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The Quick Brown Fox Jumped Over the Lazy Dog. I looked up Mad Libs. Sounds like fun (never played it) and of course explains the meaning of today’s prompt. I did not ask friends or family members for nouns, adjectives or articles. I was going to, but the phrase ‘The quick brown fox jumped over the lazy dog’ came floating out of the subconscious. I seem to talk a lot about my subconscious. I suppose it is because my brain has been around, gathering moss for decades. Plenty of useless information has been hiding in the dark recesses of my mind waiting for the opportunity to escape their confines.

The quick brown fox jumped over the lazy dog. It’s not a deep and meaningful sentence is it? But it had the requisite noun, adjective and articles and most interestingly (or at least it was to me when I first came across it) it uses every single letter of the alphabet. That is what’s called a pangram. It’s short and sweet and makes sense (not all of them do). For someone interested in putting words together and sentences that will create coherent prose, this pangram was a fascinating discovery. And it was also a handy exercise when I was learning how to touch type as it allowed me to use all ten fingers to type the alphabet without looking at the keys. Once people had access to a computer keyboard two finger typists flourished. They were fast and they were good. Now many people have moved on to phones and one finger typing (or tapping) two finger typists, pangrams and touch typists are also obsolete. That’s progress, I guess.

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8 thoughts on “The quick brown fox

  1. You do bring up memories, Mary. I had three years of typing in high school. Although we typed “the quick brown fox” sentence many times, we were drilled constantly with this one: “Now is the time for all good men to come to the aid of their country.” I think we drilled it because it used so many common letters.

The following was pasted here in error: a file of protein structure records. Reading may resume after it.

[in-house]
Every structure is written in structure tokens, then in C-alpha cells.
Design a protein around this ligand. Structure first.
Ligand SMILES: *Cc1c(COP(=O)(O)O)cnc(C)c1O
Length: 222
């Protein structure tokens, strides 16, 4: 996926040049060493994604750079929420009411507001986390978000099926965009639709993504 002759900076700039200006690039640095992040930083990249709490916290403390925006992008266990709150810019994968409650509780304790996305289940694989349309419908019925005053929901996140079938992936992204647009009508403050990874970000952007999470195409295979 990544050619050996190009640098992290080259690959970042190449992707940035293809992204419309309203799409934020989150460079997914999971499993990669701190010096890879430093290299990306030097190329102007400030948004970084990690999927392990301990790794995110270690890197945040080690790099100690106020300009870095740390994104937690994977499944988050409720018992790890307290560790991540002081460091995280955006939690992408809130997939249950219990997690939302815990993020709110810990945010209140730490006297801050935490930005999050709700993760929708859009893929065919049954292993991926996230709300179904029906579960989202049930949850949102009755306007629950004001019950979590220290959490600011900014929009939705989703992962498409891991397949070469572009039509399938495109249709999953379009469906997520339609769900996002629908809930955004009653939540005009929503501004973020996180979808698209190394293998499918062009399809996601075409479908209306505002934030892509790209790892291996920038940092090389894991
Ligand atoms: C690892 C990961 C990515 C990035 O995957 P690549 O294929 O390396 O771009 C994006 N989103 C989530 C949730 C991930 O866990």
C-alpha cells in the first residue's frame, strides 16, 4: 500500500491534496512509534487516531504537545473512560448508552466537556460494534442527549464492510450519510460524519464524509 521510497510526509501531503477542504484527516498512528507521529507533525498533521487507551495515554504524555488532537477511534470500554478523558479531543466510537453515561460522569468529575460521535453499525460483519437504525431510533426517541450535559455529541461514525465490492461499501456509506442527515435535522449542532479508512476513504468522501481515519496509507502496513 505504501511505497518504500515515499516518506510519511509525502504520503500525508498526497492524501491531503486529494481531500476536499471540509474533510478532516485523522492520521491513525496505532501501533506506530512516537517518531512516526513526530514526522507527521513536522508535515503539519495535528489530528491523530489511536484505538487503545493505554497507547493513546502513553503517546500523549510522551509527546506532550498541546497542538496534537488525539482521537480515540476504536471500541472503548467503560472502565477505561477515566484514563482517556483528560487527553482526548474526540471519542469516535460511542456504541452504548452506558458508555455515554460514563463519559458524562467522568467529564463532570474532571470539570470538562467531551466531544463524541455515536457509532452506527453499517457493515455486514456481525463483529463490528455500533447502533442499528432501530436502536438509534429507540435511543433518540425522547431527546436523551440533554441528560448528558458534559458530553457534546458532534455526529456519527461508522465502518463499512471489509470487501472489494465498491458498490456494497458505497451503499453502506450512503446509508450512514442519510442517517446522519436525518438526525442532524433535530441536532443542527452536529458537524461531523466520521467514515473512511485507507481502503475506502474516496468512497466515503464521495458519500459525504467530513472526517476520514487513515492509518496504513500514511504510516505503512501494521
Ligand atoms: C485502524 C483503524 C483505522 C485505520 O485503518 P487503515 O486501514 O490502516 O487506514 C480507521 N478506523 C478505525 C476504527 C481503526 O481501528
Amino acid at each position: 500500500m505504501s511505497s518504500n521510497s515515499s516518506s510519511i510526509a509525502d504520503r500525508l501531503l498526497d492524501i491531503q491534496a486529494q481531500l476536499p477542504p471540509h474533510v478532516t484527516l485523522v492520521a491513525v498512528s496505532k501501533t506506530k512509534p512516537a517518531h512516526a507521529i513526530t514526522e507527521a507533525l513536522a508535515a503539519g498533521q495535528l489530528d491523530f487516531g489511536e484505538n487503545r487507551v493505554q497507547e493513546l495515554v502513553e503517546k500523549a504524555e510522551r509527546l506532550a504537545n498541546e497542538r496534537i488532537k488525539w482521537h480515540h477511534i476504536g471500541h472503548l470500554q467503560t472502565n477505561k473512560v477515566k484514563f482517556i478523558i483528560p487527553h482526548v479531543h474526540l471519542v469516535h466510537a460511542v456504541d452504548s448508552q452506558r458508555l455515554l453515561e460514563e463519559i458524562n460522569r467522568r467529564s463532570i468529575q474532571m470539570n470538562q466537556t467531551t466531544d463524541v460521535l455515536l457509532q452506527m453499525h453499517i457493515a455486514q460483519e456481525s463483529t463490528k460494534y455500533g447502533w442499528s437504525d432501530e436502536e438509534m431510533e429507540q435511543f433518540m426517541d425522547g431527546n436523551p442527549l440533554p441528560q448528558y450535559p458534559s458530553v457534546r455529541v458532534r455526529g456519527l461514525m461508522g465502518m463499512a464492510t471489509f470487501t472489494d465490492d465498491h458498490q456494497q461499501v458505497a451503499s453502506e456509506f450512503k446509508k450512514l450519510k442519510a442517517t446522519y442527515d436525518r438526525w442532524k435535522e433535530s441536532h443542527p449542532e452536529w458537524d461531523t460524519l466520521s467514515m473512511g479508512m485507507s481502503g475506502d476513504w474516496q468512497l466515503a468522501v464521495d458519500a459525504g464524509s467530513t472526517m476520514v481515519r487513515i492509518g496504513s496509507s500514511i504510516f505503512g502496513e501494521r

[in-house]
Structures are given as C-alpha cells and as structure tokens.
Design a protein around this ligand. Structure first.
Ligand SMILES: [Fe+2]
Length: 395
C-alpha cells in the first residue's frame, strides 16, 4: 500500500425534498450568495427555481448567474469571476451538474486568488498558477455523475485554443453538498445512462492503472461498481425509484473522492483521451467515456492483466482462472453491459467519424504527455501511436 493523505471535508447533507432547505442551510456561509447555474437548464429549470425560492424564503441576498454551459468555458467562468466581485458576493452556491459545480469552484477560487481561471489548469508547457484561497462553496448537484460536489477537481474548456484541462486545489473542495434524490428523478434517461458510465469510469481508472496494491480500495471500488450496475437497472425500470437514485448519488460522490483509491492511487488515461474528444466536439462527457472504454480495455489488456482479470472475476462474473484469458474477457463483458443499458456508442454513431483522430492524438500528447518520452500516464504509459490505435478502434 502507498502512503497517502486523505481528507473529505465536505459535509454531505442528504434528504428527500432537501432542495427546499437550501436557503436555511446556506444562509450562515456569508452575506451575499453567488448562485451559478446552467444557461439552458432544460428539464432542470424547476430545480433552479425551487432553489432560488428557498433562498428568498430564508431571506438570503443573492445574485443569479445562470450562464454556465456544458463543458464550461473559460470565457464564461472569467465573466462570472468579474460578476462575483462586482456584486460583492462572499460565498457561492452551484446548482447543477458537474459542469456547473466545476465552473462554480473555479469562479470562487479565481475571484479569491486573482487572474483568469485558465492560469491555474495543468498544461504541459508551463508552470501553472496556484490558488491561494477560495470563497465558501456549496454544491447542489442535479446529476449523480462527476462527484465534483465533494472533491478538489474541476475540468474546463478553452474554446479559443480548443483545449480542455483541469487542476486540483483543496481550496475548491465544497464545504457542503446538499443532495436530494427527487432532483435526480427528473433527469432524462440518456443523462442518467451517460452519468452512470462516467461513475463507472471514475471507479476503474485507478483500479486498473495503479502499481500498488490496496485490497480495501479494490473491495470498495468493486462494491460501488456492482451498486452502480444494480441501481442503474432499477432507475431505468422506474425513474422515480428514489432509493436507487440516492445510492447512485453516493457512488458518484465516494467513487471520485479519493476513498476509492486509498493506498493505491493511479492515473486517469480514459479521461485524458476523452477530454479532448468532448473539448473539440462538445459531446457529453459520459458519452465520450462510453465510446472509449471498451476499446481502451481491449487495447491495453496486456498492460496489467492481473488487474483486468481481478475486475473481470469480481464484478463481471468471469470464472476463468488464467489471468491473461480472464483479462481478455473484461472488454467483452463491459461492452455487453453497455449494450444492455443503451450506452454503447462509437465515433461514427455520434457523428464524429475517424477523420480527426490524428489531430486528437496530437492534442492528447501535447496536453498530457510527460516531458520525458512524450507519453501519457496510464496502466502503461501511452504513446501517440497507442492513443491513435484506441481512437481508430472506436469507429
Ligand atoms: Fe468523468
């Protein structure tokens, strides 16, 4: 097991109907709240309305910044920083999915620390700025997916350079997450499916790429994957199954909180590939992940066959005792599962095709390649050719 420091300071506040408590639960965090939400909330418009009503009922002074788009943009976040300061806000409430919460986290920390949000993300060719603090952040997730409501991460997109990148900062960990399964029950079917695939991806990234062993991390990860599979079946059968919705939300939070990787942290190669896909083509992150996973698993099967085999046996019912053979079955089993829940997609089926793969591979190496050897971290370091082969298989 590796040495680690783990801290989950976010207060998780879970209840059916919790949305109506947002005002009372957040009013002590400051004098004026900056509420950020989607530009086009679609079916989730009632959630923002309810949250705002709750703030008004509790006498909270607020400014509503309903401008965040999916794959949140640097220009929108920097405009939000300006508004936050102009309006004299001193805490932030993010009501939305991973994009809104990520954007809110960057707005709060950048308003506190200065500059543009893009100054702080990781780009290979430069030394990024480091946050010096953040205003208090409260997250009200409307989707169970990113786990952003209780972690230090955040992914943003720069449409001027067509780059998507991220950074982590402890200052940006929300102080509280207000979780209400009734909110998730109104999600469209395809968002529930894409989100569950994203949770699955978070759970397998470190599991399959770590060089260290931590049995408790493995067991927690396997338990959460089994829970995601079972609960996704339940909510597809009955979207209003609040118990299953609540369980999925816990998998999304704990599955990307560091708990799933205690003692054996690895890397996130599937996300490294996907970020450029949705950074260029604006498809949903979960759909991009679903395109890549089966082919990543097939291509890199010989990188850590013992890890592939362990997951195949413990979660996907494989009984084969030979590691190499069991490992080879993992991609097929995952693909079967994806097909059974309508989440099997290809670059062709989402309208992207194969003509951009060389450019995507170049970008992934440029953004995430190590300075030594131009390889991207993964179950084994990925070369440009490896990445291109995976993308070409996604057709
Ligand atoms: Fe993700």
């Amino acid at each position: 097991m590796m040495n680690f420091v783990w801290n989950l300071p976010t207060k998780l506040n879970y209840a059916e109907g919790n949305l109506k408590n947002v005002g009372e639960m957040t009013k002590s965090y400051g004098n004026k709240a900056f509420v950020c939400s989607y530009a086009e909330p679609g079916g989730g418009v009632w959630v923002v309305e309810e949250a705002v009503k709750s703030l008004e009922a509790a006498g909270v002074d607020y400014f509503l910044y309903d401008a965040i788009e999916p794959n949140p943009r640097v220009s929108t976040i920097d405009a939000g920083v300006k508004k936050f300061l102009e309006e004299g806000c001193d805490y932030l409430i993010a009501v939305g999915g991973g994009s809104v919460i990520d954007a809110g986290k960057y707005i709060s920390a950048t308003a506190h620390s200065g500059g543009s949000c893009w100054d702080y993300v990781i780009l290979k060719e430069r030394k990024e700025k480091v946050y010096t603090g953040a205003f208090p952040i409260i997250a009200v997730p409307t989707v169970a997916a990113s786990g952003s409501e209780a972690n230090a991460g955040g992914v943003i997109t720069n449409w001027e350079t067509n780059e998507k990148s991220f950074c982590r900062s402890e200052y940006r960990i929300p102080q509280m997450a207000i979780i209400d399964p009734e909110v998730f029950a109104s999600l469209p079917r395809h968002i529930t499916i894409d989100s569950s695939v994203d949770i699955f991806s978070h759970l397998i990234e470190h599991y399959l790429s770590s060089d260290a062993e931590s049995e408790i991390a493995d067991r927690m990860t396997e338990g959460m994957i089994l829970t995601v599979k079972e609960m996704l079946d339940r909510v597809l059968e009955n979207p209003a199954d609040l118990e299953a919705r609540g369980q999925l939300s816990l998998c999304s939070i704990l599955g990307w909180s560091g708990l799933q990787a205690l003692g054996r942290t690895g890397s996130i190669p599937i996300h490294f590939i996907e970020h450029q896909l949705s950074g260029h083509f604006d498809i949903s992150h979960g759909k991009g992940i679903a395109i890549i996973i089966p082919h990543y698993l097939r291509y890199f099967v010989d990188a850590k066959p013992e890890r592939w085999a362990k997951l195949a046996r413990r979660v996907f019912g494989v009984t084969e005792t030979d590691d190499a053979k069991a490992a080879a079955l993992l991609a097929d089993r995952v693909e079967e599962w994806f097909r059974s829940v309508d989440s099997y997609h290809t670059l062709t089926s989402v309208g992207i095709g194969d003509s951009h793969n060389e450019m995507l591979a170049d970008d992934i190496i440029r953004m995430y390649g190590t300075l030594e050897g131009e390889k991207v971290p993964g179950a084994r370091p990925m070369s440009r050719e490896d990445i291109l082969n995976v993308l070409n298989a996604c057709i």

I think you can search MadLibs and print out forms. When the grandchildren are older, you will find they are great fun and can bring about a lot of laughs.

    • Shall do, Maddie. My four year old grandson likes the angry bird game his parents downloaded on their ipad for him. I’m balancing that out with an angry birds board game I bought for him recently.. I’m not sure whether to find it funny or not, but he and I played the board game for an hour, then he said he was going to play the real angry birds.

      • I’m glad to hear your four-year-old grandson likes the Angry Birds board game. I was thinking about picking that up to play with my granddaughter if/when she comes in August.

      • It’s meant to be for children five years and up, but at the moment my grandson loves to set things up then knock things down. Board games are great for spending quality time. And my grandchildren seem to communicate better (and more) when they are relaxed. I think it’s the adult equivalent of getting together over a cup of coffee.

  2. I remember these words from school as a young kid when learning ‘running writing’ (cursive I think is correct term). The quick brown fox…. was written over and over with a slope card under, but visible through the page. I still use these words if trying out a new pen.

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